The 2011 marriage rate in Idaho was at its lowest in 60 years, though still higher than the national rate, according to a recently released study.
The Idaho Department of Health and Welfare last week released its Vital Statistics 2011, a compilation of data on population, births, deaths, stillbirths, marriages, divorces and abortions for the state.
The U.S. marriage rate in2010 (the most recent year available) was 6.8 marriages per 1,000 people, lower than Idaho’s 8.6 marriages per 1,000 people in 2011. Idaho’s rate was down only slightly from 8.8 marriages per 1,000 in 2010.
The study states that most of the discrepancy can be accounted for by Idaho’s high rate of nonresident marriages, especially in northern Idaho. Fifty-five percent of the marriages performed in District 1, which covers much of northern Idaho, were for nonresidents.
The decline in marriage in Idaho is indicative of a national trend, and a recent study shows that more young people are putting off marriage.
A report titled “Knot Yet: The Benefits and Costs of Delayed Marriage in America,” a study from the National Campaign to prevent Teen and Unplanned Pregnancy, states that the median age of marriage for women is nearly 27. That’s up from 25 years of age for women in 2000 and just under 24 years of age in 1990.
Idaho’s median age of marriage (not just first marriage) for the 13,696 women who married in 2011 was also just under 27. Of those, more than 1,300 married between the ages of 15 and 19. Nine of those women had already been divorced.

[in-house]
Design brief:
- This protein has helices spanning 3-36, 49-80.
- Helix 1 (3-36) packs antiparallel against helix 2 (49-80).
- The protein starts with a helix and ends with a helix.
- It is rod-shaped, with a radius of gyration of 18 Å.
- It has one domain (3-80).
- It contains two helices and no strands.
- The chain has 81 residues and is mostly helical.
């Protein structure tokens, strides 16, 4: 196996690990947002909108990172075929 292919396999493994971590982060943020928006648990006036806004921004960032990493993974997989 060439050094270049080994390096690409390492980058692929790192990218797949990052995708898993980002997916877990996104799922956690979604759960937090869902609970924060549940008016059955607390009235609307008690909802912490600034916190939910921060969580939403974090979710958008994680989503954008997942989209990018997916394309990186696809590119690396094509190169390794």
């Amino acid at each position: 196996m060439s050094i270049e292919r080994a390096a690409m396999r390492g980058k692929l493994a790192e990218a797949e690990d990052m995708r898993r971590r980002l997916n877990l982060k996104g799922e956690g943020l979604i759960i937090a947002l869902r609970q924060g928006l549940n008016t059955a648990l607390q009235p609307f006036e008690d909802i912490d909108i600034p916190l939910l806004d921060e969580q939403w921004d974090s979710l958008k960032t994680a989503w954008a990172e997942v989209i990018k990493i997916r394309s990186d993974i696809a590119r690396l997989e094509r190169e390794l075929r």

The largest group of women marrying was the 20-to-24 age range; 3,885 women in that group married in 2011. Ninety-one percent were previously single.
The number of divorces occurring in Idaho decreased 4.5 percent, from 8,136 in 2010 to 7,733 in 2011. The oldest male divorcee was 95; the oldest female divorcee was 91. The youngest male divorcee was 17, and the youngest female divorcee was also 17.
The duration of the longest marriage that ended in divorce was 62 years, up from last year’s 59 years. The shortest marriage that ended in divorce lasted 11 days. March saw the highest number of divorces, 784. February saw the lowest number at 583.
Data showed that women were leaving the state to have abortions. In 2011, more than 2,000 Idaho residents had abortions, but only 1,440 of those women had their abortions in Idaho.
Between 98 and 99 percent of women who had abortions and live in the Panhandle left the state; the nearest Planned Parenthood clinics in that area are across the state line in Spokane and Pullman. Women throughout much of the central part of the state, including the Boise region and Valley, Elmore, Custer, Lemhi and Canyon counties, tended to stay in the state; between 4 and 5 percent left the region to have abortions performed.
Sixty-six percent of women in District 5, which includes Blaine County, who had abortions did so out of state.
The number of out-of-wedlock births in the state dropped 4 percent, from 6,143 in 2010 to 5,898 in 2011. The percentage of out-of-wedlock births was 26.4 percent, far below the national average of 40 percent in 2010.
Fifteen babies were born to women under the age of 15; none were in District 5. Eight of those births occurred in District 3, which includes Adams, Washington, Payette, Gem, Canyon and Owyhee counties.
Blaine County saw 213 live births in 2011; five were to mothers between the ages of 15 and 19. One hundred and nine babies were male, and 104 were female.
Ninety-five percent of pregnant women had their first prenatal visit in the first or second trimester of pregnancy, between one and six months. However, 138 expectant mothers in Idaho in 2011 received no prenatal care, and 924 did not have their first prenatal care visit until the third trimester.
Kate Wutz: email@example.com